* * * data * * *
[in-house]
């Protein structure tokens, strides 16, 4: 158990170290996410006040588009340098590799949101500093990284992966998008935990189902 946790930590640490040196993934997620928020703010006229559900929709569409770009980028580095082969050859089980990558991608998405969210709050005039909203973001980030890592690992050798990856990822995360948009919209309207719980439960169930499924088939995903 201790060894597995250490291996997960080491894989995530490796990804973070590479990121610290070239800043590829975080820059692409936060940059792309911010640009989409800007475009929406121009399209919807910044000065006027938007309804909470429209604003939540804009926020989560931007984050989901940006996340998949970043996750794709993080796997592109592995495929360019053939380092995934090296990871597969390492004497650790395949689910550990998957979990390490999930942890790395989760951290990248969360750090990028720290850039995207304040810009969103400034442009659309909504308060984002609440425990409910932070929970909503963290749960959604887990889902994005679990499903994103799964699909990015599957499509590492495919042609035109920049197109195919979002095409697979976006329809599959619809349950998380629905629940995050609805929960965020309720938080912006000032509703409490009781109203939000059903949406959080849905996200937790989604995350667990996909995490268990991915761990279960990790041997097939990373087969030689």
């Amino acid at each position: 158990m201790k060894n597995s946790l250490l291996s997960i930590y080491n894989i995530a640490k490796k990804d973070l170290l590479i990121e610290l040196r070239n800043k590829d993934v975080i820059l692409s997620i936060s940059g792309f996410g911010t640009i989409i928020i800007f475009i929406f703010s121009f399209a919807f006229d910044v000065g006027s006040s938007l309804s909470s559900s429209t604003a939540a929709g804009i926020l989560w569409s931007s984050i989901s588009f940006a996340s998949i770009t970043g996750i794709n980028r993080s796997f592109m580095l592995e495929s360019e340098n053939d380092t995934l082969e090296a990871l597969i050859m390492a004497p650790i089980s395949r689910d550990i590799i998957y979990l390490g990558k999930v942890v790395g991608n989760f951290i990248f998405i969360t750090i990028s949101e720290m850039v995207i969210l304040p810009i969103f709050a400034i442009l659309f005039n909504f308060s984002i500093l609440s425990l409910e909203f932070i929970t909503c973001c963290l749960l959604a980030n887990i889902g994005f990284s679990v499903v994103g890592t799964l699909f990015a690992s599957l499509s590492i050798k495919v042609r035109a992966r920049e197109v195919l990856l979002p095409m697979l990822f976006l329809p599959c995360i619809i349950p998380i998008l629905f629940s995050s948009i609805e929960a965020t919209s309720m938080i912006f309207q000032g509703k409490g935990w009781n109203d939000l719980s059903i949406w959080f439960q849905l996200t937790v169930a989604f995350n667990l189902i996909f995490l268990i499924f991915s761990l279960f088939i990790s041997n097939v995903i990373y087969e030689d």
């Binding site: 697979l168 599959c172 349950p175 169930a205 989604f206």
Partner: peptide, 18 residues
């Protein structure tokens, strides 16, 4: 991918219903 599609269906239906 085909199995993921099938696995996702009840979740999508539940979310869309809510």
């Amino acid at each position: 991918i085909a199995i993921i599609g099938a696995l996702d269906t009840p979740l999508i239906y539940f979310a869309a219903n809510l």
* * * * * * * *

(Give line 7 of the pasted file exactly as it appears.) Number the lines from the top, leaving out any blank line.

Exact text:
């Amino acid at each position: 991918i085909a199995i993921i599609g099938a696995l996702d269906t009840p979740l999508i239906y539940f979310a869309a219903n809510l």